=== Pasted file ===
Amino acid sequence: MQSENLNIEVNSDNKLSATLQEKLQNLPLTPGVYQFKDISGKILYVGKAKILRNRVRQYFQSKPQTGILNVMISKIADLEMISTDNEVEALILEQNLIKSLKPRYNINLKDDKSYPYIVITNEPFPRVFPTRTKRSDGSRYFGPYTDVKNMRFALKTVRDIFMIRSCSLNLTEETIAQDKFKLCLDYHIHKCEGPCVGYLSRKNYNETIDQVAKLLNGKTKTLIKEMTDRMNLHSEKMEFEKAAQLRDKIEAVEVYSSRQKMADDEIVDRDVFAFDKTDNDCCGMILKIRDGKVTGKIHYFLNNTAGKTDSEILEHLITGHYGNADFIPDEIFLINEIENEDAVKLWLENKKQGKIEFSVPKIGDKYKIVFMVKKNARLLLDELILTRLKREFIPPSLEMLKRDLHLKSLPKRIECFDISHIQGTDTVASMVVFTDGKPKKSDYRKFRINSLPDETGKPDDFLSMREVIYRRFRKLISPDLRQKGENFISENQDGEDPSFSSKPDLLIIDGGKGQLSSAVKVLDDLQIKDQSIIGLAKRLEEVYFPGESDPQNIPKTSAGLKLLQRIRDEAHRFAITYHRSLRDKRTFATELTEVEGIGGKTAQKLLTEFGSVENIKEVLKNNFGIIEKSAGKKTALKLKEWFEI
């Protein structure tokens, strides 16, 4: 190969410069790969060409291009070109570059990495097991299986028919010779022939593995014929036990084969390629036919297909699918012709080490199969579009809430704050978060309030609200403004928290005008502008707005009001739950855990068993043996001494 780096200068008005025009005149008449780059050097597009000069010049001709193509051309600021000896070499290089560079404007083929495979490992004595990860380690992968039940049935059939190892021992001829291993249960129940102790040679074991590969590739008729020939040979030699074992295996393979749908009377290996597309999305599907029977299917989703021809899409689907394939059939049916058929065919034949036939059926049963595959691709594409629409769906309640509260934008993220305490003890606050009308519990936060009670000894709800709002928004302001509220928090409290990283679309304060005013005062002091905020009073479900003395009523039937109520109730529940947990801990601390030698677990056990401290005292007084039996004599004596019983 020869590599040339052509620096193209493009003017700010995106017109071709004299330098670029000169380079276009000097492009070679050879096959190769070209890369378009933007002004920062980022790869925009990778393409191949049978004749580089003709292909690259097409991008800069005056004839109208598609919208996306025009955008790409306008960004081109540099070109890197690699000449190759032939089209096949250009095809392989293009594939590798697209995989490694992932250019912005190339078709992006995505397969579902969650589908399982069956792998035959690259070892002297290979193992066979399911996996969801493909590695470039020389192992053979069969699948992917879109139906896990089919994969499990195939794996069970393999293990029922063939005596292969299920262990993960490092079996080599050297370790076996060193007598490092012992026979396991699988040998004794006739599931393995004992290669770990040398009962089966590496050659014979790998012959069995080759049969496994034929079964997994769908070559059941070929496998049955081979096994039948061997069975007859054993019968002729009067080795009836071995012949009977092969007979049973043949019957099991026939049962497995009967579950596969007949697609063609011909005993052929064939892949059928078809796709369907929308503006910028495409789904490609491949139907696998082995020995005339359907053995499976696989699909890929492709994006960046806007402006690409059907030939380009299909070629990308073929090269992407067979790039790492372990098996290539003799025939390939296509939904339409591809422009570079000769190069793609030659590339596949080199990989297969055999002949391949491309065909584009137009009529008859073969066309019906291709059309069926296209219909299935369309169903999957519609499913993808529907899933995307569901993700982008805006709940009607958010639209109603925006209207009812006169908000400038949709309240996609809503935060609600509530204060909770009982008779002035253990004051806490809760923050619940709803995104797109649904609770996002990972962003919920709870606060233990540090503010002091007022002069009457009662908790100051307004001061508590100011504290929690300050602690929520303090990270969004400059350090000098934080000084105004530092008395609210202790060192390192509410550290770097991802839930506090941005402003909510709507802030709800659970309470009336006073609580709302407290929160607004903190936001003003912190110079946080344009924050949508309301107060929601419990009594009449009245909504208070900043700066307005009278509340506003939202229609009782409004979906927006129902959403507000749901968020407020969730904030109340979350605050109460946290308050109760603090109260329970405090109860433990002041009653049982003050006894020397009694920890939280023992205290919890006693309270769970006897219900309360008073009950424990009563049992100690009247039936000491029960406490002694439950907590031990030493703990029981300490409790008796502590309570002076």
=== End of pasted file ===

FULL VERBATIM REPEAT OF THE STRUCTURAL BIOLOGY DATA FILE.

Amino acid sequence: MQSENLNIEVNSDNKLSATLQEKLQNLPLTPGVYQFKDISGKILYVGKAKILRNRVRQYFQSKPQTGILNVMISKIADLEMISTDNEVEALILEQNLIKSLKPRYNINLKDDKSYPYIVITNEPFPRVFPTRTKRSDGSRYFGPYTDVKNMRFALKTVRDIFMIRSCSLNLTEETIAQDKFKLCLDYHIHKCEGPCVGYLSRKNYNETIDQVAKLLNGKTKTLIKEMTDRMNLHSEKMEFEKAAQLRDKIEAVEVYSSRQKMADDEIVDRDVFAFDKTDNDCCGMILKIRDGKVTGKIHYFLNNTAGKTDSEILEHLITGHYGNADFIPDEIFLINEIENEDAVKLWLENKKQGKIEFSVPKIGDKYKIVFMVKKNARLLLDELILTRLKREFIPPSLEMLKRDLHLKSLPKRIECFDISHIQGTDTVASMVVFTDGKPKKSDYRKFRINSLPDETGKPDDFLSMREVIYRRFRKLISPDLRQKGENFISENQDGEDPSFSSKPDLLIIDGGKGQLSSAVKVLDDLQIKDQSIIGLAKRLEEVYFPGESDPQNIPKTSAGLKLLQRIRDEAHRFAITYHRSLRDKRTFATELTEVEGIGGKTAQKLLTEFGSVENIKEVLKNNFGIIEKSAGKKTALKLKEWFEI
């Protein structure tokens, strides 16, 4: 190969410069790969060409291009070109570059990495097991299986028919010779022939593995014929036990084969390629036919297909699918012709080490199969579009809430704050978060309030609200403004928290005008502008707005009001739950855990068993043996001494 780096200068008005025009005149008449780059050097597009000069010049001709193509051309600021000896070499290089560079404007083929495979490992004595990860380690992968039940049935059939190892021992001829291993249960129940102790040679074991590969590739008729020939040979030699074992295996393979749908009377290996597309999305599907029977299917989703021809899409689907394939059939049916058929065919034949036939059926049963595959691709594409629409769906309640509260934008993220305490003890606050009308519990936060009670000894709800709002928004302001509220928090409290990283679309304060005013005062002091905020009073479900003395009523039937109520109730529940947990801990601390030698677990056990401290005292007084039996004599004596019983 020869590599040339052509620096193209493009003017700010995106017109071709004299330098670029000169380079276009000097492009070679050879096959190769070209890369378009933007002004920062980022790869925009990778393409191949049978004749580089003709292909690259097409991008800069005056004839109208598609919208996306025009955008790409306008960004081109540099070109890197690699000449190759032939089209096949250009095809392989293009594939590798697209995989490694992932250019912005190339078709992006995505397969579902969650589908399982069956792998035959690259070892002297290979193992066979399911996996969801493909590695470039020389192992053979069969699948992917879109139906896990089919994969499990195939794996069970393999293990029922063939005596292969299920262990993960490092079996080599050297370790076996060193007598490092012992026979396991699988040998004794006739599931393995004992290669770990040398009962089966590496050659014979790998012959069995080759049969496994034929079964997994769908070559059941070929496998049955081979096994039948061997069975007859054993019968002729009067080795009836071995012949009977092969007979049973043949019957099991026939049962497995009967579950596969007949697609063609011909005993052929064939892949059928078809796709369907929308503006910028495409789904490609491949139907696998082995020995005339359907053995499976696989699909890929492709994006960046806007402006690409059907030939380009299909070629990308073929090269992407067979790039790492372990098996290539003799025939390939296509939904339409591809422009570079000769190069793609030659590339596949080199990989297969055999002949391949491309065909584009137009009529008859073969066309019906291709059309069926296209219909299935369309169903999957519609499913993808529907899933995307569901993700982008805006709940009607958010639209109603925006209207009812006169908000400038949709309240996609809503935060609600509530204060909770009982008779002035253990004051806490809760923050619940709803995104797109649904609770996002990972962003919920709870606060233990540090503010002091007022002069009457009662908790100051307004001061508590100011504290929690300050602690929520303090990270969004400059350090000098934080000084105004530092008395609210202790060192390192509410550290770097991802839930506090941005402003909510709507802030709800659970309470009336006073609580709302407290929160607004903190936001003003912190110079946080344009924050949508309301107060929601419990009594009449009245909504208070900043700066307005009278509340506003939202229609009782409004979906927006129902959403507000749901968020407020969730904030109340979350605050109460946290308050109760603090109260329970405090109860433990002041009653049982003050006894020397009694920890939280023992205290919890006693309270769970006897219900309360008073009950424990009563049992100690009247039936000491029960406490002694439950907590031990030493703990029981300490409790008796502590309570002076």